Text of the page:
Please enjoy this guest post from my friend and colleague Brooke Grimes from Academic Works.
This year we have seen some big-name superheroes battling it out at the theaters. Think Batman vs. Superman and Captain America: Civil War. Battles between characters who should be allies make for great drama. Which side are you on? Who’s the Bad Guy?
Unfortunately, we often have a similar conflict between the superheroes in our industry: Scholarships vs. Stewardship. But there is no villain here! We should all be joining forces to achieve a common goal, which is increasing accessibility to education by making resources available to students.
There is a huge opportunity for scholarship and stewardship personnel at colleges and universities across the country to be the superhero that helps achieve this goal. No matter your current role in either department, there are ways to bring the right people together to both streamline the scholarship process and improve donor stewardship efforts.
So what can you do to become the ultimate scholarship and stewardship superhero? There are three easy steps to take:
1. Create an advisory council
2. Make information easily accessible
3. Get award information to donors faster
Create an Advisory Council
An advisory council consists of all of the people involved in your current scholarship process. This most likely includes Financial Aid, Donor Relations, Enrollment, and maybe even representatives from campus departments. Take time to map out the current scholarship and donor stewardship process as they work today. This will give everyone a big picture idea of who has ownership of which parts of the process. Most importantly, it will give everyone a place to begin suggesting improvements. Having an advisory council takes the pressure off of one person to make a change. It brings together groups of people who can have a huge impact on campus.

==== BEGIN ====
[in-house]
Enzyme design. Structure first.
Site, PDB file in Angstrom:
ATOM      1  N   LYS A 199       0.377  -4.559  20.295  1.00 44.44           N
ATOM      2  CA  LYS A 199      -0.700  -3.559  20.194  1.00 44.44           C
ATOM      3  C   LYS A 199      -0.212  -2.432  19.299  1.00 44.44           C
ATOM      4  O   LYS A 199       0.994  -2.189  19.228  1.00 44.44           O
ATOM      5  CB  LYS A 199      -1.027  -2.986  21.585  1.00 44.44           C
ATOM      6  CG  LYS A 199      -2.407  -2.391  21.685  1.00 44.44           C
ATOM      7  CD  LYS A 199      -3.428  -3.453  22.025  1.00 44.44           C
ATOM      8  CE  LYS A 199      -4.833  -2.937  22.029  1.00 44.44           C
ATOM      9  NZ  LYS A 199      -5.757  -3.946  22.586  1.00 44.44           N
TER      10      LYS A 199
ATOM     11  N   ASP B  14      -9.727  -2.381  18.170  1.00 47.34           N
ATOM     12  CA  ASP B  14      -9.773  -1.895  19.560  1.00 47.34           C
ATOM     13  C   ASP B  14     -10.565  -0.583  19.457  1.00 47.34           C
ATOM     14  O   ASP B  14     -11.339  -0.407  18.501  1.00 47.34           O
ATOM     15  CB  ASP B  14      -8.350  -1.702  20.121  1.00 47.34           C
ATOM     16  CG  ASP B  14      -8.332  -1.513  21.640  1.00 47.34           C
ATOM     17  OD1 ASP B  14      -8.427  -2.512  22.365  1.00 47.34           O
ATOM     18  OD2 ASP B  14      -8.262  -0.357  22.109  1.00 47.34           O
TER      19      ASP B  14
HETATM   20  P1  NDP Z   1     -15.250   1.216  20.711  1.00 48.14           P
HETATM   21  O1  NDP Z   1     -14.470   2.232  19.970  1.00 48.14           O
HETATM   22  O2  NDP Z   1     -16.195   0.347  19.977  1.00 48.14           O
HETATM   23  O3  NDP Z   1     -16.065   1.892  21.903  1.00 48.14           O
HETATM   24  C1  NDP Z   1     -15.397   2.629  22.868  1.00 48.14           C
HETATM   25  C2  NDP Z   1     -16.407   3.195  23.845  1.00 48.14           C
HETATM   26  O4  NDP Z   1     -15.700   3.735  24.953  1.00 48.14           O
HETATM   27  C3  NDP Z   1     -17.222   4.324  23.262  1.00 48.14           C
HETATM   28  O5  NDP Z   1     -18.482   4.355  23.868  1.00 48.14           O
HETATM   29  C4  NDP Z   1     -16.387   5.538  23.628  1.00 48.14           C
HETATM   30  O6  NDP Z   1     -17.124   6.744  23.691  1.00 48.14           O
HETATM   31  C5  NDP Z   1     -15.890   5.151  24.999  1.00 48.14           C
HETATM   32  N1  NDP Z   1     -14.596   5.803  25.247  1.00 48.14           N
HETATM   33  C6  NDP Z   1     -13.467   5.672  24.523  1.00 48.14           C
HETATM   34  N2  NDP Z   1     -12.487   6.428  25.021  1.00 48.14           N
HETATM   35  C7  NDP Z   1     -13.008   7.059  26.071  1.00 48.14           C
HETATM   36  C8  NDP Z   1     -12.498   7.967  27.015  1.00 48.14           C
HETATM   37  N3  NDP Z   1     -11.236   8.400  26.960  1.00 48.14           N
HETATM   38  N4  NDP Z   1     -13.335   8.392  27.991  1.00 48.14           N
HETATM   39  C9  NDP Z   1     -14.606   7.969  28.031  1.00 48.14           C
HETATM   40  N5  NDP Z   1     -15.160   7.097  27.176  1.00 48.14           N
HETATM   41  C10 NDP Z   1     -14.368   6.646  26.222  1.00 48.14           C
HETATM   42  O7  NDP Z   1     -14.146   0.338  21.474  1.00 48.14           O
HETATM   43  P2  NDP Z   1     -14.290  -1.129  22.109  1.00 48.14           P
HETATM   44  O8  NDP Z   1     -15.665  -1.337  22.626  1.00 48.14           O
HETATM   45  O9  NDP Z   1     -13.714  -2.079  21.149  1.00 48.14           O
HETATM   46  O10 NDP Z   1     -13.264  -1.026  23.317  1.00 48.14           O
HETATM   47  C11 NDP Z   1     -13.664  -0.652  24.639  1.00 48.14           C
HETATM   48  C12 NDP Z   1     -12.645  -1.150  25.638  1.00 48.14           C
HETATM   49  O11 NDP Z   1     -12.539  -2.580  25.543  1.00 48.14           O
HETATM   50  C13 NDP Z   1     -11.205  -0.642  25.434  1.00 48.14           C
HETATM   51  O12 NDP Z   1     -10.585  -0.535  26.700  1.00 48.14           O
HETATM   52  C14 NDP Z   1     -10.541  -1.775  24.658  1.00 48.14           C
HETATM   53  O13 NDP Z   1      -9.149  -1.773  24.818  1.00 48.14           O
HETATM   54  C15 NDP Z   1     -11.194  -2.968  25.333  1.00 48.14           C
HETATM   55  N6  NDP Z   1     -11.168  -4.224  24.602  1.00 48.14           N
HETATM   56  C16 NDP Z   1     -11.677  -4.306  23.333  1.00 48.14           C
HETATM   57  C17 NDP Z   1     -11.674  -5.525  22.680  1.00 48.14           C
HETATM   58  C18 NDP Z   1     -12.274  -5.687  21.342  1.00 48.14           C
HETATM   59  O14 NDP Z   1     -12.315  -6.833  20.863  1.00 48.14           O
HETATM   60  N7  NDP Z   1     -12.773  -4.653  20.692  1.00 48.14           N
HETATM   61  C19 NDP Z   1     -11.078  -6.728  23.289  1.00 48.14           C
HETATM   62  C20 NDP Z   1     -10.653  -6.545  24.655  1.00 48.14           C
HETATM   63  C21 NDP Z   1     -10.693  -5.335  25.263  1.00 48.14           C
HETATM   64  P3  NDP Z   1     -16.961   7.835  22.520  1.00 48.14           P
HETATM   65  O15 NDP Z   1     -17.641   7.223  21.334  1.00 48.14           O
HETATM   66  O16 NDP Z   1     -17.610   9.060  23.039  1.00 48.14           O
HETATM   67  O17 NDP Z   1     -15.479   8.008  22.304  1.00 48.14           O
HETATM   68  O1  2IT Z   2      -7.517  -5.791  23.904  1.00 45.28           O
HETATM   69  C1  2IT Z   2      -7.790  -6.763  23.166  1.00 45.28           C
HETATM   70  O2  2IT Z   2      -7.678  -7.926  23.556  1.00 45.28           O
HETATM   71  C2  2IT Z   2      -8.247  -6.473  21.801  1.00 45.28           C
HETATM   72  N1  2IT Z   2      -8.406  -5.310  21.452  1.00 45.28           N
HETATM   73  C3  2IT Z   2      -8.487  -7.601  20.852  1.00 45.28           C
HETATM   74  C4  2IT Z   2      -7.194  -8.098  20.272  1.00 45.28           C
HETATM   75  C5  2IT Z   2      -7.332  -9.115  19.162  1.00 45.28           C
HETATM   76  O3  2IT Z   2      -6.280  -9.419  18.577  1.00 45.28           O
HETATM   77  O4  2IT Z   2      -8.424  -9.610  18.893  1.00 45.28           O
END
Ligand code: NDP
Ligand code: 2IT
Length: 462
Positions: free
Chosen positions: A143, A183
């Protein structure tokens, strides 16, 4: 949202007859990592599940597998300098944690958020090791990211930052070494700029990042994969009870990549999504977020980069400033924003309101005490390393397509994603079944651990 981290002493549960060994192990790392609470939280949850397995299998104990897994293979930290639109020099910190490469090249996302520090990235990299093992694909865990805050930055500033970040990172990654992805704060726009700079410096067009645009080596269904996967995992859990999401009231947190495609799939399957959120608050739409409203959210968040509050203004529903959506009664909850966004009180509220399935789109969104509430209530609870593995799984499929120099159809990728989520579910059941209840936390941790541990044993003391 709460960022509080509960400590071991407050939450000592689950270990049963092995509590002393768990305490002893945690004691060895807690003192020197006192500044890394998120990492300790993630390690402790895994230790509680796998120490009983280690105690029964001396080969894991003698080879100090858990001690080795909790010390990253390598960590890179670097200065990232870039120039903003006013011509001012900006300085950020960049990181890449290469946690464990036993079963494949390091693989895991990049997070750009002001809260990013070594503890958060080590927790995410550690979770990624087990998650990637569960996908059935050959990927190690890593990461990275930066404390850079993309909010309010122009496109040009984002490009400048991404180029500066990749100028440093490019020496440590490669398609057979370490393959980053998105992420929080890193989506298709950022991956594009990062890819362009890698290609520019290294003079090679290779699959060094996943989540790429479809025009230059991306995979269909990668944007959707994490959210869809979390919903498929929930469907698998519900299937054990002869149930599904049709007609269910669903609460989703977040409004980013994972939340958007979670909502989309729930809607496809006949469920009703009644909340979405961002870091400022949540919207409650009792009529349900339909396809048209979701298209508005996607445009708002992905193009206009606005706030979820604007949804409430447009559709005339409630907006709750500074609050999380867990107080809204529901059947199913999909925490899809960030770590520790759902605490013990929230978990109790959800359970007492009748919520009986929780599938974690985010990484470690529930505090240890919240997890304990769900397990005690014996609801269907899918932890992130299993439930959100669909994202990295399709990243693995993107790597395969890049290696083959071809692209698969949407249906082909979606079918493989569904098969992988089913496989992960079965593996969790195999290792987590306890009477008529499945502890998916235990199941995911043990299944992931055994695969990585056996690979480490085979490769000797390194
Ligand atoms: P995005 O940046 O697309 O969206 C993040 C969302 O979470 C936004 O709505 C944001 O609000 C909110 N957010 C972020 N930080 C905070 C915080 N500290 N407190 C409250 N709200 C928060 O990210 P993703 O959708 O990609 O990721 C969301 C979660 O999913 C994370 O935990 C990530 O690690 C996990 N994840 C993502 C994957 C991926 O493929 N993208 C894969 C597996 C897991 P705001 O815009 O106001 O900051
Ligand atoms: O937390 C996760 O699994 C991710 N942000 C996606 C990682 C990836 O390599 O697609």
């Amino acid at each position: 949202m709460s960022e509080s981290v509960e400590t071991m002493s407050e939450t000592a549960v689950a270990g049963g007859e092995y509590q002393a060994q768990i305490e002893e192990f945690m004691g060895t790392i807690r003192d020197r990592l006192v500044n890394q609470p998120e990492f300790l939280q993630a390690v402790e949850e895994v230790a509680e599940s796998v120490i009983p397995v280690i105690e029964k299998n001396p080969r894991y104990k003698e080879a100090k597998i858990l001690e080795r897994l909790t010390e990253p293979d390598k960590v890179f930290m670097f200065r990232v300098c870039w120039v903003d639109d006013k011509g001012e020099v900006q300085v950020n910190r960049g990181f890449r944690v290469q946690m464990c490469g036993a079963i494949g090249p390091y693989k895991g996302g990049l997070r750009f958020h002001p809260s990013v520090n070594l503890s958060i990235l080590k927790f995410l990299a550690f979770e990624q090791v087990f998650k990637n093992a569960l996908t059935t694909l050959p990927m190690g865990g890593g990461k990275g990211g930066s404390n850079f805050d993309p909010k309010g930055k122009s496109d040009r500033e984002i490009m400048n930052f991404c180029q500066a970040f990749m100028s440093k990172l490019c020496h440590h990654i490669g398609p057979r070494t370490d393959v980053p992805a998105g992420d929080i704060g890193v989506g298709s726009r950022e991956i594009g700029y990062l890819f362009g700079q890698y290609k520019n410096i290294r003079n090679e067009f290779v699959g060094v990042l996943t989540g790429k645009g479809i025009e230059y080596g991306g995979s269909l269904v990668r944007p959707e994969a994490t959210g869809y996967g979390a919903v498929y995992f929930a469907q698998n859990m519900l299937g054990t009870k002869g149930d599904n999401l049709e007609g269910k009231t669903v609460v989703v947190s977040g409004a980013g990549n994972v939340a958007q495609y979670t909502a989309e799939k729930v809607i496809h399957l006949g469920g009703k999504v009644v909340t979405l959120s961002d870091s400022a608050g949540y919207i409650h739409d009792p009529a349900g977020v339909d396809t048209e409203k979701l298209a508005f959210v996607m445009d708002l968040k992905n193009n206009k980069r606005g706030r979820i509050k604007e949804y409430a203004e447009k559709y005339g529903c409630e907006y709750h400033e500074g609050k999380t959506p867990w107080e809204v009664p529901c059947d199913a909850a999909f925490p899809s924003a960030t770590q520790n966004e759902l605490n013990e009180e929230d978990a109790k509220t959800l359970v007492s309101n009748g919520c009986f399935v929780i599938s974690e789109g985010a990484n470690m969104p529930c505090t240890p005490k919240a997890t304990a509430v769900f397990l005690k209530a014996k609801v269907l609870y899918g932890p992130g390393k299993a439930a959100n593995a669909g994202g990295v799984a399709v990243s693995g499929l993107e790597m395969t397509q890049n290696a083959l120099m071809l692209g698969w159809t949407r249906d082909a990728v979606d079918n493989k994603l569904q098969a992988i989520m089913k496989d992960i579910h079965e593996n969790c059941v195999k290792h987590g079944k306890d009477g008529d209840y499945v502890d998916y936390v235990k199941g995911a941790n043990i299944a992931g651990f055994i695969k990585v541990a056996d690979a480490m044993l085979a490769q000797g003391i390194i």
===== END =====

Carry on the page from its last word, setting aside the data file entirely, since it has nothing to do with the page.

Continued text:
Make Information Easily Accessible
Often, the people involved in scholarships and stewardship work separately. However, information such as scholarship award rationale, award recipient details, and thank-you notes should be shared. For example, Financial Aid often needs scholarship recipient information to verify award compliance while the Foundation or Advancement office needs this same information to share with donors. This information can be stored in email inboxes and on spreadsheets on individual computers. Opening access to information all across campus can streamline the entire process and improve institutional relationships.
Get Award Information to Donors Faster
Foundations are often in a race to proactively share scholarship recipient information, thank-you letters, and fund financials with donors in a timely manner. One Foundation Vice President I spoke with mentioned that she is in a constant battle to alert donors of scholarship recipients before the student posts it on social media.
Donors also want to see the impact that they are making on the lives of students at your institutions. We see a trend in sharing more information with scholarship donors. Based on a recent study we conducted at AcademicWorks, here is what colleges and universities are providing to donors about their scholarship recipients:
· 73% are providing thank-you letters from students
· 67% are providing biographical information on scholarship recipients
· 34% are providing a photograph of the scholarship recipient
Going back Point #2, the most easily available scholarship information is, the faster you can it get to donors.
I wish you all the best of luck as you look to improve the scholarship and donor stewardship process on your campus. Now it is time to put on your cape and become the scholarship and stewardship superhero on campus! If you are interested in staying up-to-date on the latest tips in scholarship management and donor stewardship, check out www.blog.academicworks.com.